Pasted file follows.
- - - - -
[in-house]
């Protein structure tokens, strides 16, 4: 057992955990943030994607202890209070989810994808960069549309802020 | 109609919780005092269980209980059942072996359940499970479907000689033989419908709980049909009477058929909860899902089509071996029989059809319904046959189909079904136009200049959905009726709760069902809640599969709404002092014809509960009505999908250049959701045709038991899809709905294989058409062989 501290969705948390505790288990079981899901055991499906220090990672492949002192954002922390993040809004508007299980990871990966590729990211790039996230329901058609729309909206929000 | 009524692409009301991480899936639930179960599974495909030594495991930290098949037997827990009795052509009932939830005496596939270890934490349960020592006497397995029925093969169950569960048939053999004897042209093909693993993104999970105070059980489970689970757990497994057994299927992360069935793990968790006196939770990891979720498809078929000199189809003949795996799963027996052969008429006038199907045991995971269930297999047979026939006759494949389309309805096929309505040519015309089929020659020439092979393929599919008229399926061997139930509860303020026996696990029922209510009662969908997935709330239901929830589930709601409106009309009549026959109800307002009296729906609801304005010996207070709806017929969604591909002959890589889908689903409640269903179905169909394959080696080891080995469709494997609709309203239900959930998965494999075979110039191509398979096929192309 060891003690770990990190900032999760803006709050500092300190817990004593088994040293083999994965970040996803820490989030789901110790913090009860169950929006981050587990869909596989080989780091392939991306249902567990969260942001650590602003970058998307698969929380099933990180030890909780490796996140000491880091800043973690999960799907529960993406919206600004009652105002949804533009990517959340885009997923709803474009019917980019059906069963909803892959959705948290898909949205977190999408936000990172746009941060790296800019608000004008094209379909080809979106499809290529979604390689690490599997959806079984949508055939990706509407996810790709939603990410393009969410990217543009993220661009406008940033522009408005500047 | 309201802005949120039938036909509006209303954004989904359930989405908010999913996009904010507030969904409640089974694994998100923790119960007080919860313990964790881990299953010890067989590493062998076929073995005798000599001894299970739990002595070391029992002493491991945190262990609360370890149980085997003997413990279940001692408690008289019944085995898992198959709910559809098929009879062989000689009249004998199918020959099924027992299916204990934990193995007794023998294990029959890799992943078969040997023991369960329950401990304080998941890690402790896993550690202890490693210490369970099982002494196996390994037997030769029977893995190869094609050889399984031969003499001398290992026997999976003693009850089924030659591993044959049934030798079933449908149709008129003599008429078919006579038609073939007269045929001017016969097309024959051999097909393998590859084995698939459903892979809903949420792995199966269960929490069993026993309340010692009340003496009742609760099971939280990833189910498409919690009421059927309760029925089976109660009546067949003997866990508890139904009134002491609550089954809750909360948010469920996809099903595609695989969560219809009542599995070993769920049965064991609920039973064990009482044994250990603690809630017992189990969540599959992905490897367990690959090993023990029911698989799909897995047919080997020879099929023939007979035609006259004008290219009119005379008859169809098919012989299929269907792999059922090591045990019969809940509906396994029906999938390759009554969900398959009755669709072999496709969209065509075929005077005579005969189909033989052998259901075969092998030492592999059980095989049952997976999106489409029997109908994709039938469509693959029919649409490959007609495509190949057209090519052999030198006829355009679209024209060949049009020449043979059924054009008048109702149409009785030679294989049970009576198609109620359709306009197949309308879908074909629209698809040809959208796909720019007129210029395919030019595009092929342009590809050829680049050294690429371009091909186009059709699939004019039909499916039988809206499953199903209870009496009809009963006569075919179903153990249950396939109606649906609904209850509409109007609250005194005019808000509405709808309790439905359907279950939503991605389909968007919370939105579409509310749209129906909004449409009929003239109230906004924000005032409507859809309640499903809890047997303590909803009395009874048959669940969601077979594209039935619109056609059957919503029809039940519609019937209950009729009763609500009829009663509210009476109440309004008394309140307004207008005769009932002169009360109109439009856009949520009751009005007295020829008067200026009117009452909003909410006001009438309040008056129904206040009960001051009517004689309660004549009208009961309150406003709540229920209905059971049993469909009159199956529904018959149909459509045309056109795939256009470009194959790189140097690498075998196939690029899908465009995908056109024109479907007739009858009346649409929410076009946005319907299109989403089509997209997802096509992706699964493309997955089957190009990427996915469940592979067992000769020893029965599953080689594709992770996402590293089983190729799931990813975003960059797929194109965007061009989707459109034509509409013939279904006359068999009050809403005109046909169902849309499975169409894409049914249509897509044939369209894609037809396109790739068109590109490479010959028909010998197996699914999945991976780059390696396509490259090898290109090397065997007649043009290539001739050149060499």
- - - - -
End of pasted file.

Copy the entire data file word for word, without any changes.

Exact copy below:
[in-house]
């Protein structure tokens, strides 16, 4: 057992955990943030994607202890209070989810994808960069549309802020 | 109609919780005092269980209980059942072996359940499970479907000689033989419908709980049909009477058929909860899902089509071996029989059809319904046959189909079904136009200049959905009726709760069902809640599969709404002092014809509960009505999908250049959701045709038991899809709905294989058409062989 501290969705948390505790288990079981899901055991499906220090990672492949002192954002922390993040809004508007299980990871990966590729990211790039996230329901058609729309909206929000 | 009524692409009301991480899936639930179960599974495909030594495991930290098949037997827990009795052509009932939830005496596939270890934490349960020592006497397995029925093969169950569960048939053999004897042209093909693993993104999970105070059980489970689970757990497994057994299927992360069935793990968790006196939770990891979720498809078929000199189809003949795996799963027996052969008429006038199907045991995971269930297999047979026939006759494949389309309805096929309505040519015309089929020659020439092979393929599919008229399926061997139930509860303020026996696990029922209510009662969908997935709330239901929830589930709601409106009309009549026959109800307002009296729906609801304005010996207070709806017929969604591909002959890589889908689903409640269903179905169909394959080696080891080995469709494997609709309203239900959930998965494999075979110039191509398979096929192309 060891003690770990990190900032999760803006709050500092300190817990004593088994040293083999994965970040996803820490989030789901110790913090009860169950929006981050587990869909596989080989780091392939991306249902567990969260942001650590602003970058998307698969929380099933990180030890909780490796996140000491880091800043973690999960799907529960993406919206600004009652105002949804533009990517959340885009997923709803474009019917980019059906069963909803892959959705948290898909949205977190999408936000990172746009941060790296800019608000004008094209379909080809979106499809290529979604390689690490599997959806079984949508055939990706509407996810790709939603990410393009969410990217543009993220661009406008940033522009408005500047 | 309201802005949120039938036909509006209303954004989904359930989405908010999913996009904010507030969904409640089974694994998100923790119960007080919860313990964790881990299953010890067989590493062998076929073995005798000599001894299970739990002595070391029992002493491991945190262990609360370890149980085997003997413990279940001692408690008289019944085995898992198959709910559809098929009879062989000689009249004998199918020959099924027992299916204990934990193995007794023998294990029959890799992943078969040997023991369960329950401990304080998941890690402790896993550690202890490693210490369970099982002494196996390994037997030769029977893995190869094609050889399984031969003499001398290992026997999976003693009850089924030659591993044959049934030798079933449908149709008129003599008429078919006579038609073939007269045929001017016969097309024959051999097909393998590859084995698939459903892979809903949420792995199966269960929490069993026993309340010692009340003496009742609760099971939280990833189910498409919690009421059927309760029925089976109660009546067949003997866990508890139904009134002491609550089954809750909360948010469920996809099903595609695989969560219809009542599995070993769920049965064991609920039973064990009482044994250990603690809630017992189990969540599959992905490897367990690959090993023990029911698989799909897995047919080997020879099929023939007979035609006259004008290219009119005379008859169809098919012989299929269907792999059922090591045990019969809940509906396994029906999938390759009554969900398959009755669709072999496709969209065509075929005077005579005969189909033989052998259901075969092998030492592999059980095989049952997976999106489409029997109908994709039938469509693959029919649409490959007609495509190949057209090519052999030198006829355009679209024209060949049009020449043979059924054009008048109702149409009785030679294989049970009576198609109620359709306009197949309308879908074909629209698809040809959208796909720019007129210029395919030019595009092929342009590809050829680049050294690429371009091909186009059709699939004019039909499916039988809206499953199903209870009496009809009963006569075919179903153990249950396939109606649906609904209850509409109007609250005194005019808000509405709808309790439905359907279950939503991605389909968007919370939105579409509310749209129906909004449409009929003239109230906004924000005032409507859809309640499903809890047997303590909803009395009874048959669940969601077979594209039935619109056609059957919503029809039940519609019937209950009729009763609500009829009663509210009476109440309004008394309140307004207008005769009932002169009360109109439009856009949520009751009005007295020829008067200026009117009452909003909410006001009438309040008056129904206040009960001051009517004689309660004549009208009961309150406003709540229920209905059971049993469909009159199956529904018959149909459509045309056109795939256009470009194959790189140097690498075998196939690029899908465009995908056109024109479907007739009858009346649409929410076009946005319907299109989403089509997209997802096509992706699964493309997955089957190009990427996915469940592979067992000769020893029965599953080689594709992770996402590293089983190729799931990813975003960059797929194109965007061009989707459109034509509409013939279904006359068999009050809403005109046909169902849309499975169409894409049914249509897509044939369209894609037809396109790739068109590109490479010959028909010998197996699914999945991976780059390696396509490259090898290109090397065997007649043009290539001739050149060499």